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Studia Phaenomenologica

Volume 10, 2010

Phenomenology and Psychology

Eric S. Nelson
Pages 19-44
DOI: 10.7761/SP.10.19

Impure Phenomenology
Dilthey, Epistemology, and Interpretive Psychology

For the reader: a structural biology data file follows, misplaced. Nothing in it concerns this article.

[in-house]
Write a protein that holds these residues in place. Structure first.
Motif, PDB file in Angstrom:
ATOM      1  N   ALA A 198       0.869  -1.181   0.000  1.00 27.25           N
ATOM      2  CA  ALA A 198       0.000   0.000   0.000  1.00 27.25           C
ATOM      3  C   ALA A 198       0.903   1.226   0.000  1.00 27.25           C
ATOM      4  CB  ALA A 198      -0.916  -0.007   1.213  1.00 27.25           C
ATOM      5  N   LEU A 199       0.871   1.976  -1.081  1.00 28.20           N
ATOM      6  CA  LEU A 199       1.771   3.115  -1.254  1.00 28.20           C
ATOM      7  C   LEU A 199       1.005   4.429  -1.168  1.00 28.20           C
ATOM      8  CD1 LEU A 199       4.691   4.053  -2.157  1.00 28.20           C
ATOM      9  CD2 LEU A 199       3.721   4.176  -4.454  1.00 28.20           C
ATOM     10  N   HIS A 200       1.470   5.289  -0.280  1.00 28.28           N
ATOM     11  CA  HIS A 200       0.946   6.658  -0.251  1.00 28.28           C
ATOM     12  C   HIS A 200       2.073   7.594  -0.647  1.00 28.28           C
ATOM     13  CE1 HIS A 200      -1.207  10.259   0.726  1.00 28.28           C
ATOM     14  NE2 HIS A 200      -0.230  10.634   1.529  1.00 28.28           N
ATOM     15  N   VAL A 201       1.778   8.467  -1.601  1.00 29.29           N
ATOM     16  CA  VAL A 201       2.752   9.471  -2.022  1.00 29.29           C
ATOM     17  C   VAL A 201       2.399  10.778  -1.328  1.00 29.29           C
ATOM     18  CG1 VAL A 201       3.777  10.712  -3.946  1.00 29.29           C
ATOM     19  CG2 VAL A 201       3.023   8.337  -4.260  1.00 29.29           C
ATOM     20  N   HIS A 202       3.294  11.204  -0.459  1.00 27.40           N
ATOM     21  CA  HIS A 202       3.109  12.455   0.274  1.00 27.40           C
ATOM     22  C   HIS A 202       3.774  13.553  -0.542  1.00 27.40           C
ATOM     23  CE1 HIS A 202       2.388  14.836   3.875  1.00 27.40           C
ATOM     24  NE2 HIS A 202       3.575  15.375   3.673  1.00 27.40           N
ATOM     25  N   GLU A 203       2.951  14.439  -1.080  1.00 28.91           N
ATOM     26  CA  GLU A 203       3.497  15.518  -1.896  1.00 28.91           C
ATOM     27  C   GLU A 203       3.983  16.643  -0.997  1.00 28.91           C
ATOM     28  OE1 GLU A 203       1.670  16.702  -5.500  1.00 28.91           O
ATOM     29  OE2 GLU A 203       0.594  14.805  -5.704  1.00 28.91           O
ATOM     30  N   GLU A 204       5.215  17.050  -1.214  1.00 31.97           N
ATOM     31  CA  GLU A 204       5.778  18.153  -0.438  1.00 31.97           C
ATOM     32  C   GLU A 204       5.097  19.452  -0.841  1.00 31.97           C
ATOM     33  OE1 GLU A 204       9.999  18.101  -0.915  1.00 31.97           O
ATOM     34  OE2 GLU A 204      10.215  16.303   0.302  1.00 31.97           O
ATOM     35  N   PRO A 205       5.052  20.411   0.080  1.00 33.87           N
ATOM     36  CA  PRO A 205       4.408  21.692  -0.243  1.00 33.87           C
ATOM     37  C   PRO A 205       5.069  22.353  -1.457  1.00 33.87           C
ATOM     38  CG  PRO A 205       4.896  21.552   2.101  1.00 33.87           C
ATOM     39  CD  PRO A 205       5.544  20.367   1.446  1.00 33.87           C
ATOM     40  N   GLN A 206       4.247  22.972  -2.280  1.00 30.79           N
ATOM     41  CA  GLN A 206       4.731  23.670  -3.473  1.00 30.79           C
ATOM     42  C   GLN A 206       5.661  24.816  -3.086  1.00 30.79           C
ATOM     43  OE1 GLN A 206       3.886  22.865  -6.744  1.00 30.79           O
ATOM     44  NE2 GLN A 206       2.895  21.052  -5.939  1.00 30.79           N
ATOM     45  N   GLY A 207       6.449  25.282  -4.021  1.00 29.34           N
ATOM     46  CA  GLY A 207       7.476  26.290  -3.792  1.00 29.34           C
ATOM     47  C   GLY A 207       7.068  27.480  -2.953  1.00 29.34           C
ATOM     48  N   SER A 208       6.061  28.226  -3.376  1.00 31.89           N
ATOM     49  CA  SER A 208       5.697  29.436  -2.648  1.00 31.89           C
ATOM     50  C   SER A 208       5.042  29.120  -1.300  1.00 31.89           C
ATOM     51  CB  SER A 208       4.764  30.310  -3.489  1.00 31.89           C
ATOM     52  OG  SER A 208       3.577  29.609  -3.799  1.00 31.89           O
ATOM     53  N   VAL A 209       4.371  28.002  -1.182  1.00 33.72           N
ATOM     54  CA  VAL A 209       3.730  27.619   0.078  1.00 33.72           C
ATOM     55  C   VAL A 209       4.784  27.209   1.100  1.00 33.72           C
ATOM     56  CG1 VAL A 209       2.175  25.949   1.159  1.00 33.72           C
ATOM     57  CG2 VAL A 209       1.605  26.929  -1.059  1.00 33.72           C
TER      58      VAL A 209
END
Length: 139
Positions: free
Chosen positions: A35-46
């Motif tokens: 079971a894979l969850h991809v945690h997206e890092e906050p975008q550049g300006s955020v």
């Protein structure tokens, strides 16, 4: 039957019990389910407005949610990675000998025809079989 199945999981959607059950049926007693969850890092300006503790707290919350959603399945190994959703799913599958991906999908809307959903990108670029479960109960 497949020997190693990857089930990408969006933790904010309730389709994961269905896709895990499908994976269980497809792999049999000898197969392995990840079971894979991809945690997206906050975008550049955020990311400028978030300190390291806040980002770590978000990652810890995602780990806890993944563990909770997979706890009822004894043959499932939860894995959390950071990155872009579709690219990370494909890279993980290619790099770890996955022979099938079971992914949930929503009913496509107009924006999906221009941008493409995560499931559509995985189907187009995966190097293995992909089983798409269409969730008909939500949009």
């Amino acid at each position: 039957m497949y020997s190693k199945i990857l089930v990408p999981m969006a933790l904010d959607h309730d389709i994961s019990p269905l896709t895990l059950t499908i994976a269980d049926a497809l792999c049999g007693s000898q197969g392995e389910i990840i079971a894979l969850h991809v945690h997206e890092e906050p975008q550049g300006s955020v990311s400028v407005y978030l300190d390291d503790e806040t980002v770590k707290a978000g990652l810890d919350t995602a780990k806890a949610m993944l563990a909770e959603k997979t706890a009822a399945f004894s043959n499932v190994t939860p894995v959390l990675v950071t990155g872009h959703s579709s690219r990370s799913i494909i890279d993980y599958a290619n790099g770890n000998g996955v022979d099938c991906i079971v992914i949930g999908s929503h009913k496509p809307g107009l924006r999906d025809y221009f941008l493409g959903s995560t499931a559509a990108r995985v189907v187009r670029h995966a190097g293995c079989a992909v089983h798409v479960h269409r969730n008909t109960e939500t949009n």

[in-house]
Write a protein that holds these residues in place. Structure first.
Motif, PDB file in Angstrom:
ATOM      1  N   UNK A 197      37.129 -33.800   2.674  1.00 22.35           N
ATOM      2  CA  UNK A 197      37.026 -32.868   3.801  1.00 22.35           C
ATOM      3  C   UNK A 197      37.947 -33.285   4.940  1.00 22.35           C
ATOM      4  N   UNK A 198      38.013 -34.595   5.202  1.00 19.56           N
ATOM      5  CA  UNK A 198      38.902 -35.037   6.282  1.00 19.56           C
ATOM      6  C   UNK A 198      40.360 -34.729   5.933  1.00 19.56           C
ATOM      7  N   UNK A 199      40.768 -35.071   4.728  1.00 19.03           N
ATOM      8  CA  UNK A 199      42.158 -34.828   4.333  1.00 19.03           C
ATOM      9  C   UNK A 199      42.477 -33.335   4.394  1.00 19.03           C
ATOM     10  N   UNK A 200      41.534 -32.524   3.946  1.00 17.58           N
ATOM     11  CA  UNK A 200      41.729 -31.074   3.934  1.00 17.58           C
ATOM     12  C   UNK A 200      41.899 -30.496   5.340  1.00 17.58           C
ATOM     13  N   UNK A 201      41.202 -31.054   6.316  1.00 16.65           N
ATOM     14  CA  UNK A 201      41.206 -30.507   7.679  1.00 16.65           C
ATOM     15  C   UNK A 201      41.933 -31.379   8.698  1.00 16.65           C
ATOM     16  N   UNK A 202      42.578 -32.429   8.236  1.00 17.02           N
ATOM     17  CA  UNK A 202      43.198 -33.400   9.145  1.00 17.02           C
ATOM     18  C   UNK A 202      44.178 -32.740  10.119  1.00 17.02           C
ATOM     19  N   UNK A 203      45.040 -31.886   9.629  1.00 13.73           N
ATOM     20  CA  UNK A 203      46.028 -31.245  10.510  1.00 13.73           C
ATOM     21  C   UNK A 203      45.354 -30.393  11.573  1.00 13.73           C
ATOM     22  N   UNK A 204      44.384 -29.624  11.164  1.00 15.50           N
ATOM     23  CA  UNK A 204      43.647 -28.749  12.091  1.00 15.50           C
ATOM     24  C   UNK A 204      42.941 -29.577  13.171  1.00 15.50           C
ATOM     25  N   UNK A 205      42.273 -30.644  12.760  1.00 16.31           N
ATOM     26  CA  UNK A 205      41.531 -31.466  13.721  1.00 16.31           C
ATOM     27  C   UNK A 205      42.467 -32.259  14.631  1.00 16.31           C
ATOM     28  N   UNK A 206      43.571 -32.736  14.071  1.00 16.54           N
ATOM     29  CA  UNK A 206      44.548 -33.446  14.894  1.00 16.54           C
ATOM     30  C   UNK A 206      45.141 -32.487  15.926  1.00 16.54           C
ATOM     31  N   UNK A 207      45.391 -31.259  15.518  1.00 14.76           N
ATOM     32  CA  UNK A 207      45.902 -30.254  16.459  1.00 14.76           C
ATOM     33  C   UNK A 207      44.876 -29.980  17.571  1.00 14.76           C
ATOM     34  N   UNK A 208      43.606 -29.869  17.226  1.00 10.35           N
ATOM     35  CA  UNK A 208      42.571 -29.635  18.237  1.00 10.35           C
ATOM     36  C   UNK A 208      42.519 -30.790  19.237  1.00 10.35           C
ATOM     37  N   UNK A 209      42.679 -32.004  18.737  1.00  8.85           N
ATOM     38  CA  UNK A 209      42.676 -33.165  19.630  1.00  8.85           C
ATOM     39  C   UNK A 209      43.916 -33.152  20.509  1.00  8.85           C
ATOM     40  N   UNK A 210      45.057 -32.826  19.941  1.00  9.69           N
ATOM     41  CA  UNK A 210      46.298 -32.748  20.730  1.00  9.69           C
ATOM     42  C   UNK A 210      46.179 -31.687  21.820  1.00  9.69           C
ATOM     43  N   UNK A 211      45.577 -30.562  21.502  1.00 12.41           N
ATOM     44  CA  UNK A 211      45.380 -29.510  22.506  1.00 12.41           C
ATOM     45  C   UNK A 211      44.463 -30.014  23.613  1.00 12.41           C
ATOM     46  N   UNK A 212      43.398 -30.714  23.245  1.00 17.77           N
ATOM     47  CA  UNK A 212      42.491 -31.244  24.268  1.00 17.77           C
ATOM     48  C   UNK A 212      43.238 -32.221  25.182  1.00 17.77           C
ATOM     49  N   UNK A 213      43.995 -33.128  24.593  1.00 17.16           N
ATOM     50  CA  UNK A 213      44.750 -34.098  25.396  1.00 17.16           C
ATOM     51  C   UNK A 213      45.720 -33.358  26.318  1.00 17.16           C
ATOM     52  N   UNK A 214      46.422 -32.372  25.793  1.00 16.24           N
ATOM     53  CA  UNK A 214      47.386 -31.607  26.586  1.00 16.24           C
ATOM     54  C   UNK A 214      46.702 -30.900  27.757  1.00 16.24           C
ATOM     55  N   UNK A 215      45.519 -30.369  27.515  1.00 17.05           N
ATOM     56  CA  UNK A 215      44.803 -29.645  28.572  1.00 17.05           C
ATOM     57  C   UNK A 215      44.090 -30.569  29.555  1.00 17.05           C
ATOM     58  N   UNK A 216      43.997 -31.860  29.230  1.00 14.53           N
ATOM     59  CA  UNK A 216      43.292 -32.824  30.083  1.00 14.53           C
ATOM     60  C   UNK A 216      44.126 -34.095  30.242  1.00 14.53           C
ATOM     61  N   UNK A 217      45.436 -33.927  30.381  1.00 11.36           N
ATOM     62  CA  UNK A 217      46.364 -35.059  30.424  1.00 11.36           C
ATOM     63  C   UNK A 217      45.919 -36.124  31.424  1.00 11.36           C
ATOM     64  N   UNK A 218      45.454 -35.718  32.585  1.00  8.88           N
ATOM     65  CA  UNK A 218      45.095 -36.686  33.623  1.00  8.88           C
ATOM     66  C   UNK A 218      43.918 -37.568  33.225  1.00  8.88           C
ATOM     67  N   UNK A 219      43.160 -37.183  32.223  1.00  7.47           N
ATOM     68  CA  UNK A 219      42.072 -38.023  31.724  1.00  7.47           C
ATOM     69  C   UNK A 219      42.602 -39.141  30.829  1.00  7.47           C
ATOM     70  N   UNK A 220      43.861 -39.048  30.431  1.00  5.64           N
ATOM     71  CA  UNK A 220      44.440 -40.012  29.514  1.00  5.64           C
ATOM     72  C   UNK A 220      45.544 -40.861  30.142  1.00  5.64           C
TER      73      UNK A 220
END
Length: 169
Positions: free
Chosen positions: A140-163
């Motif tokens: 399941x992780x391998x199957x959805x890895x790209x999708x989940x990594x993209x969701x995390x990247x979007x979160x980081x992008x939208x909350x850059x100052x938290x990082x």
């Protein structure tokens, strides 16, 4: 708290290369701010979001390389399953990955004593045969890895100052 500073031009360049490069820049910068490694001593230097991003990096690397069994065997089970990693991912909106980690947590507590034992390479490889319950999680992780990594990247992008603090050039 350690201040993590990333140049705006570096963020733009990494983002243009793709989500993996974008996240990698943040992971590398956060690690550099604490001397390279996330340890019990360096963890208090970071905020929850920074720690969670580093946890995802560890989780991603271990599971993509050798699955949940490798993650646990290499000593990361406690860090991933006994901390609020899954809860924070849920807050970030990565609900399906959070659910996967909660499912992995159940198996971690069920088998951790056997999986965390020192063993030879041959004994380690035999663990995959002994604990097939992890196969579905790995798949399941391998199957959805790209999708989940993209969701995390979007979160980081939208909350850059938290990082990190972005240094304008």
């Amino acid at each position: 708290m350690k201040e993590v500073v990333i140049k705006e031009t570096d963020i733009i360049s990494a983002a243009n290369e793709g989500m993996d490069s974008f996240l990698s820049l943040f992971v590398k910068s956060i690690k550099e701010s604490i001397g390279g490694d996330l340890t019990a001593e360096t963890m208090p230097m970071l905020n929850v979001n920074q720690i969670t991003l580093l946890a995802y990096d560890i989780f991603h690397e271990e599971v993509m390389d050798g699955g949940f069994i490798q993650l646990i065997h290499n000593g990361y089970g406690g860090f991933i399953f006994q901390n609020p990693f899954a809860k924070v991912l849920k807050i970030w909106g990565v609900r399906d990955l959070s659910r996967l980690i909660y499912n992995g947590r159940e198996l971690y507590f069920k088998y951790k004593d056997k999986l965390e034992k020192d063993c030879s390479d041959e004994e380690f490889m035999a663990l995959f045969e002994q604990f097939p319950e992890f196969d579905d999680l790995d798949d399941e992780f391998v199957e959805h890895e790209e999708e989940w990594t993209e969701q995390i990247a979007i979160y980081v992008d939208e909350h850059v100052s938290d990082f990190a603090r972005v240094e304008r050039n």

Responding to critiques of Dilthey’s interpretive psychology, I revisit its relation with epistemology and the human sciences. Rather than reducing knowledge to psychology and psychology to subjective understanding, Dilthey articulated the epistemic worth of a psychology involving (1) an impure phenomenology of embodied, historically-situated, and worldly consciousness as individually lived yet complicit with its naturally and socially constituted contexts, (2) experience- and communication-oriented processes of interpreting others, (3) the use of third-person structural-functional analysis and causal explanation, and (4) a recognition of the ungroundability, facticity, and conflict inherent in knowledge and life.